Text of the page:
Implementation of monitoring programmes, good hygiene practices, and efficient validated Hazard Analysis Critical Control Point procedures in the whole food production chain is an important instrument to control public health risks associated with STEC strain infections (EFSA, 2007). Prevention and control of foodborne diseases caused by STEC strains also require continuous improvement of analytical tools to understand the virulence, origins, and epidemiology of these bacteria, in order to devise strategies that lessen the risk of foodstuff contamination and eventually anticipate the emergence and the spread of new forms of these pathogens (Franz et al., 2014).

Acknowledgements

We would like to thank all EU-RL-VTEC staff of for their assistance, in particular Dr. Antonella Maugliani for kindly performing PFGE data analysis and Dr. Stefano Morabito for carrying out strains sequencing.

This research was supported by a grant from Ministry of Health-Italy (IZSUM RC03/2011). References

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-Web references

http://www.cdc.gov/pulsenet/pathogens/index.html (February, 2016) http://www.iss.it/binary/vtec/cont/EU_RL_VTEC_Method_05_Rev_1.pdf (February, 2016)

Table 1 Primers and probes used for real-time PCR

Target gene Sequence (5' to 3')a Expected size of the PCR product (bp) Reference

stxl TTTGTYACTGTSACAGCWGAAGCYTTACG CCCCAGTTCARWGTRAGRTCMACRTC Probe-CTGGATGATCTCAGTGGGCGTTCTTATGTAA 131 Perelle et al., 2004

stx2 TTTGTYACTGTSACAGCWGAAGCYTTACG CCCCAGTTCARWGTRAGRTCMACRTC Probe-TCGTCAGGCACTGTCTGAAACTGCTCC 128 Perelle et al., 2004

eae CATTGATCAGGATTTTTCTGGTGATA CTCATGCGGAAATAGCCGTTA Probe- ATAGTCTCGCCAGTATTCGCCACCAATACC 102 Nielsen and Andersen, 2003

rfbE (O157) TTTCACACTTATTGGATGGTCTCAA CGATGAGTTTATCTGCAAGGTGAT Probe- AGGACCGCAGAGGAAAGAGAGGAATTAAGG 88 Perelle et al., 2004

wbdl (Olll) CGAGGCAACACATTATATAGTGCTTT TTTTTGAATAGTTATGAACATCTTGTTTAGC Probe- TTGAATCTCCCAGATGATCAACATCGTGAA 146 Perelle et al., 2004

wzx (O26) CGCGACGGCAGAGAAAATT AGCAGGCTTTTATATTCTCCAACTTT Probe-CCCCGTTAAATCAATACTATTTCACGAGGTTGA 135 Perelle et al., 2004

ihpl (O145) CGATAATATTTACCCCACCAGTACAG GCCGCCGCAATGCTT Probe-CCGCCATTCAGAATGCACACAATATCG 132 Perelle et al., 2004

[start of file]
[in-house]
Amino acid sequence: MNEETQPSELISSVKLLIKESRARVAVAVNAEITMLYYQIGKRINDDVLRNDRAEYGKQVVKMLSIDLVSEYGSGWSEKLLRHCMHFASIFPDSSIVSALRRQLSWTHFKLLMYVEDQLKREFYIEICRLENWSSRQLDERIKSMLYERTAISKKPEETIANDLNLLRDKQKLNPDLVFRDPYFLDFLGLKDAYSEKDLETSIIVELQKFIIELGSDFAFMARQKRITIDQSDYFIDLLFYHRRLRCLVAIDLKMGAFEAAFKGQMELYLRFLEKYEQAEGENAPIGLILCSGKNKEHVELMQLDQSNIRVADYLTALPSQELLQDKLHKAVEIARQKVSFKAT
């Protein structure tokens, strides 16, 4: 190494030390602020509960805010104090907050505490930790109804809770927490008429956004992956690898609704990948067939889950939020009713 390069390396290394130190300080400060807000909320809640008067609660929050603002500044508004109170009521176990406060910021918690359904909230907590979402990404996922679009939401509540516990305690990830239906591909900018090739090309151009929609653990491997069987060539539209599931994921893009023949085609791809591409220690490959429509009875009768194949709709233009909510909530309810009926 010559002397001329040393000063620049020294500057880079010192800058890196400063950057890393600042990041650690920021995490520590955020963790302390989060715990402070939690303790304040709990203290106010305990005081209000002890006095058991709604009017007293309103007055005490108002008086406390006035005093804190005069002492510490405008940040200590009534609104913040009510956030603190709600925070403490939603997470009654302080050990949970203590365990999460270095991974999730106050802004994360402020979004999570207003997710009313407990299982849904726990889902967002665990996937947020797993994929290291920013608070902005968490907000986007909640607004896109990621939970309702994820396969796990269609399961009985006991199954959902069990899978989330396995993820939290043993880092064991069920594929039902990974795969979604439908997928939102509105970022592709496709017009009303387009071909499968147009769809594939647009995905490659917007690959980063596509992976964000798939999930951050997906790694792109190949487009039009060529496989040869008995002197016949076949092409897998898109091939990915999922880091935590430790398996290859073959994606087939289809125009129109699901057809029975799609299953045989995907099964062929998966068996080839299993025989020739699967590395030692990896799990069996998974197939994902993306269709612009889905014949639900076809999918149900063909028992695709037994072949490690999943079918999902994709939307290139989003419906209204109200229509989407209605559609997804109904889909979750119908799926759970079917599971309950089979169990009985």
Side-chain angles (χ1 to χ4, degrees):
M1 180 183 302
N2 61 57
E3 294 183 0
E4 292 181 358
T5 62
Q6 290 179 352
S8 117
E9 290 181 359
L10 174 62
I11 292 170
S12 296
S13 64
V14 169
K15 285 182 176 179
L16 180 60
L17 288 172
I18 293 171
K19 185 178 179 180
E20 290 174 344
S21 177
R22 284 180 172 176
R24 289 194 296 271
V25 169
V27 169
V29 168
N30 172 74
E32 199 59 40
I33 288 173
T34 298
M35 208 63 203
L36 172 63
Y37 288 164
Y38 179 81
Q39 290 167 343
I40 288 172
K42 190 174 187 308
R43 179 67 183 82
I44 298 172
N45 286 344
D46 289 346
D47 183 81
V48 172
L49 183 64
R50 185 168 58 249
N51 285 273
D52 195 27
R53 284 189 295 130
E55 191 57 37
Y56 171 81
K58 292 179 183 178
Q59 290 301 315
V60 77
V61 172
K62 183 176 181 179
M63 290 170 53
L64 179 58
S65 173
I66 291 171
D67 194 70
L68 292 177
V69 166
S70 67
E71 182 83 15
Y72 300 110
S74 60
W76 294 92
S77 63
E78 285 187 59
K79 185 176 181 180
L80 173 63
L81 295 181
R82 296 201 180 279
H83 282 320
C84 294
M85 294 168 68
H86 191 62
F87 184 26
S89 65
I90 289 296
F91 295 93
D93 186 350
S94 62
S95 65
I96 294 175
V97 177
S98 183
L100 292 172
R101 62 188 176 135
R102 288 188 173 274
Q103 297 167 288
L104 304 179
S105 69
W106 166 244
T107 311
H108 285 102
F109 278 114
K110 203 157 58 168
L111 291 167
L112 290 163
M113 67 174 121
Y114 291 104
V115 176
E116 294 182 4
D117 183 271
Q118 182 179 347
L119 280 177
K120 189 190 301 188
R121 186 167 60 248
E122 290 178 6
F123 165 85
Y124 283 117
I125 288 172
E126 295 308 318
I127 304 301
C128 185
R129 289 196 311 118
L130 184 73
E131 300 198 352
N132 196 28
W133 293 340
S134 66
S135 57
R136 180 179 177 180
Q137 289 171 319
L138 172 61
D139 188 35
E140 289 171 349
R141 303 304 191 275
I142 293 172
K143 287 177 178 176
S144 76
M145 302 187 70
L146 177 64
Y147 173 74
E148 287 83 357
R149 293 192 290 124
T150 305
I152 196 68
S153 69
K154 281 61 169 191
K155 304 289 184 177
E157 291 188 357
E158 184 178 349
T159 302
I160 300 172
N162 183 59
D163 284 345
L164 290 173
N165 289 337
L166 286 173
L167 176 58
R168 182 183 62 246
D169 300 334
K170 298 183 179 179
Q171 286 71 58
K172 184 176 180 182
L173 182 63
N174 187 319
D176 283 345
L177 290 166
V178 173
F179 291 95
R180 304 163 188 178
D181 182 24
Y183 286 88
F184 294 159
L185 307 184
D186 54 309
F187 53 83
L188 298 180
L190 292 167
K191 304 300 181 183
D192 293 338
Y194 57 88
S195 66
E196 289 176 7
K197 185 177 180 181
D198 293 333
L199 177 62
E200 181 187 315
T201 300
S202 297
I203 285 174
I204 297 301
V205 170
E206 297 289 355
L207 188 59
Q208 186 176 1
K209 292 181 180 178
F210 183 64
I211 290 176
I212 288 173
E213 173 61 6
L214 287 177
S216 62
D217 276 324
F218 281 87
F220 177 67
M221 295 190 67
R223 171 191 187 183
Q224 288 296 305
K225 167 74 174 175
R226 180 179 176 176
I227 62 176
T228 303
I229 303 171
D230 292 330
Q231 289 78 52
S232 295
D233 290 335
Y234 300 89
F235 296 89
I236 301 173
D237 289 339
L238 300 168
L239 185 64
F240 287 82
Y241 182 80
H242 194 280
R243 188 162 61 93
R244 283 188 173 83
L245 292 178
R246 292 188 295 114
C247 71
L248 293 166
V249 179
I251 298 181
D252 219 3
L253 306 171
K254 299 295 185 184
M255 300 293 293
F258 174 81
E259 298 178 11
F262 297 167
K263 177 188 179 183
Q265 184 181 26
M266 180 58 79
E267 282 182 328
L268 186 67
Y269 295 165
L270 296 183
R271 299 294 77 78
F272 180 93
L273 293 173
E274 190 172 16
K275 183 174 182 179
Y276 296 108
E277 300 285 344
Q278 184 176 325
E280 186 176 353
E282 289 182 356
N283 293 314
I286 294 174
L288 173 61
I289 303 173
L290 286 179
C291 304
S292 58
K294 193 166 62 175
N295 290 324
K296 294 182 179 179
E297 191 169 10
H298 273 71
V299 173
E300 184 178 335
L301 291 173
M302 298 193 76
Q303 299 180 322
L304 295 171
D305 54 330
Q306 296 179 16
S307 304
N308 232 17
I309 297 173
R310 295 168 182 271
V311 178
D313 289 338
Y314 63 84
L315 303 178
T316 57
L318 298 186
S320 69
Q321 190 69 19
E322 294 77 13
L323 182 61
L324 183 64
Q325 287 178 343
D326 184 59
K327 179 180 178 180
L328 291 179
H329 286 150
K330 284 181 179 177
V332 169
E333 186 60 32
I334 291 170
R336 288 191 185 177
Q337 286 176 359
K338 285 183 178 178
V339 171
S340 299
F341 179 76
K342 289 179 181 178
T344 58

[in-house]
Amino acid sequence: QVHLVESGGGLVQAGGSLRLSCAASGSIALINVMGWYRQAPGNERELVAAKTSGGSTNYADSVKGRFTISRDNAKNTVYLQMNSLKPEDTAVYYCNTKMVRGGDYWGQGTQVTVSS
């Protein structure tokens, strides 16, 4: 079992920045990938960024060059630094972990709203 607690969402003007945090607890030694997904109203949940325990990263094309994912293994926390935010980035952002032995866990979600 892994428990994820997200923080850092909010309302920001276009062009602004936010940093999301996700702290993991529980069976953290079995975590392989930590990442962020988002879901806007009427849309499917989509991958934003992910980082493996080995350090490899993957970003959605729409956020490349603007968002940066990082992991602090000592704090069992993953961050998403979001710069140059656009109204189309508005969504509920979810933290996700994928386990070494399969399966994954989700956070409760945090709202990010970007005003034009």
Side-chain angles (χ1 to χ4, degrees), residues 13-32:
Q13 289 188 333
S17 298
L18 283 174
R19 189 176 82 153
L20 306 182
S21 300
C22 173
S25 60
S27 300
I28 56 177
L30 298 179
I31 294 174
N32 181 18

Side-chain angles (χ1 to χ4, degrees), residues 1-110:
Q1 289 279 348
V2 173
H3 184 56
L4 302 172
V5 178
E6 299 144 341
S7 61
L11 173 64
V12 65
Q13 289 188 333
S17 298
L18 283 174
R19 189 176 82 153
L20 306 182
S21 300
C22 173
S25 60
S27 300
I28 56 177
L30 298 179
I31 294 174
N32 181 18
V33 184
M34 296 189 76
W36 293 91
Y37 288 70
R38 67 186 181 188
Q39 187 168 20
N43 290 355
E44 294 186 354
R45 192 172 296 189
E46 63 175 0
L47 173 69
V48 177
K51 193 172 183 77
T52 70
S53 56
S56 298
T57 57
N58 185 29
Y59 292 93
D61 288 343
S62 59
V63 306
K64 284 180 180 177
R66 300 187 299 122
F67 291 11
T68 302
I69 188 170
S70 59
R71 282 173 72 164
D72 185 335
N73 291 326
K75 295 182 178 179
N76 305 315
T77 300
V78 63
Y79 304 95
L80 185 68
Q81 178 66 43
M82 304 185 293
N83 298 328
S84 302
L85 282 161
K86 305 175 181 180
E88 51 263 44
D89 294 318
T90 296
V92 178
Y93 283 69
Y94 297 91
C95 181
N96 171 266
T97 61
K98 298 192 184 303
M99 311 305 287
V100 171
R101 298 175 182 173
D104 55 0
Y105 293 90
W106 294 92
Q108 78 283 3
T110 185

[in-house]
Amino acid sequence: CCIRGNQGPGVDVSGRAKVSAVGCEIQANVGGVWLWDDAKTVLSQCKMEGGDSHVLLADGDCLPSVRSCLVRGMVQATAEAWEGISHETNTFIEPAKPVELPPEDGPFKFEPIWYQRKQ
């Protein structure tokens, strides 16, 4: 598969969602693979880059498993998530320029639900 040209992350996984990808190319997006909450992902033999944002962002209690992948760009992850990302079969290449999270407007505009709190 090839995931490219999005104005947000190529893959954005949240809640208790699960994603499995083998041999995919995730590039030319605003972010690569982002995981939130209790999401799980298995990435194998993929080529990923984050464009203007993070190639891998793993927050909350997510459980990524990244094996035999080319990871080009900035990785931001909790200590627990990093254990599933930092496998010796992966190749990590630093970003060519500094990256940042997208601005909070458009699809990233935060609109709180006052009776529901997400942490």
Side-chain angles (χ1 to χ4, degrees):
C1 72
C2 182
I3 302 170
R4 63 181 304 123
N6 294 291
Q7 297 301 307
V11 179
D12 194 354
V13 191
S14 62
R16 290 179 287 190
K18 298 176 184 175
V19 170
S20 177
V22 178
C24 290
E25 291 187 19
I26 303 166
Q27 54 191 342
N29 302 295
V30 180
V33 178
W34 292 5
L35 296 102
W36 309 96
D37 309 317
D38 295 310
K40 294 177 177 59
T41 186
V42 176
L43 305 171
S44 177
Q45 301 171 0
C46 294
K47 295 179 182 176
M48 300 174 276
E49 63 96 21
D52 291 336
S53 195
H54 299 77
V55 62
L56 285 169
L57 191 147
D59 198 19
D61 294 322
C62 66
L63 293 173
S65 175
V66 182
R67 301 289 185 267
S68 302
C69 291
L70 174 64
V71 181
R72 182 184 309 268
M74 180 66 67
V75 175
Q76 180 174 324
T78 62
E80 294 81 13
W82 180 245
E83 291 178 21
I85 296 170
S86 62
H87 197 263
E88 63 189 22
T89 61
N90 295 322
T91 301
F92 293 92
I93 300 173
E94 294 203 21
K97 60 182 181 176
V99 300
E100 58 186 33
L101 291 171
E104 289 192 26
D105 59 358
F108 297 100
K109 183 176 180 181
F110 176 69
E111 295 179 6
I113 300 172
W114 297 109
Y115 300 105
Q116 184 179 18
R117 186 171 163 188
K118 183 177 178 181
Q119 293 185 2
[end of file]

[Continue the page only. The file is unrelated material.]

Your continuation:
wzx (Ol 03) CAAGGTGATTACGAAAATGCATGT GAAAAAGCACCCCCGTACTTAT Probe- CATAGCCTGTTGTTTTAT 99 Perelle et al., 2005

aggR GAATCGTCAGCATCAGCTACA CCTAAAGGATGCCCTGATGA Probe- CGGACAACTGCAAGCATCTA 102 EU-RL VTEC b

aaiC CATTTCACGCTTTTTCAGGAAT CCTGATTTAGTTGATTCCCTACG Probe- CACATACAAGACCTTCTGGAGAA 160 EU-RL VTEC b

a Y is (C, T), S is (C, G),W is (A, T), R is (A, G), M is (A, C). b http://www.iss.it/binary/vtec/cont/EU_RL_VTEC_Method_05_Rev_1.pdf

Table 2 Primers used for end-point multiplex PCR

Target gene Sequence (5' to 3') Expected size of the PCR product (bp) Reference

wzx (O26) ATCCTTGCTTCGCCTGTT CAGCGATACTTTGAACCTTAT 268 Monday et al., 2007

wzx (0103) TATCCTTTCATAGCCTGTTGTT AATAGTAATAAGCCAGACACCTG 320

wzx (0111) GTTGC GAGGAATAATTC TTCA CCATAGTATTGCATAAAGGC 829

wzx (0145) TTGAGCACTTATCACAAGAGATT GATTGAATAGCTGAAGTCATACTAAC 418

wzx (0157) GCTGCTTATGCAGATGCTC CGACTTCACTACCGAACACTA 133

Table 3 STEC detection in carcass sponge swabs by molecular analysis

Virulence factors Number of positive samples % O157a O145a 0103a 0111a 026a

eae+stx2+stx1- 26 12.4 12 1 3 0 4

eae-stx2+stx1- 2 0.9 1 0 1 0 2

eae+stx2-stx1+ 1 0.5 1 0 0 0 0

Positive tot. 29 13.8 14 1 4 0 6

Negative tot. 181 86.2

Total 210 100 48.3% 3.4% 13.8% 0% 20.7%

aThe same sample could be positive for more than one serogroup

Table 4 STEC detection in swine faecal samples by molecular analysis

Virulence factors Number of positive samples % O157a O145a 0103a 0111a 026a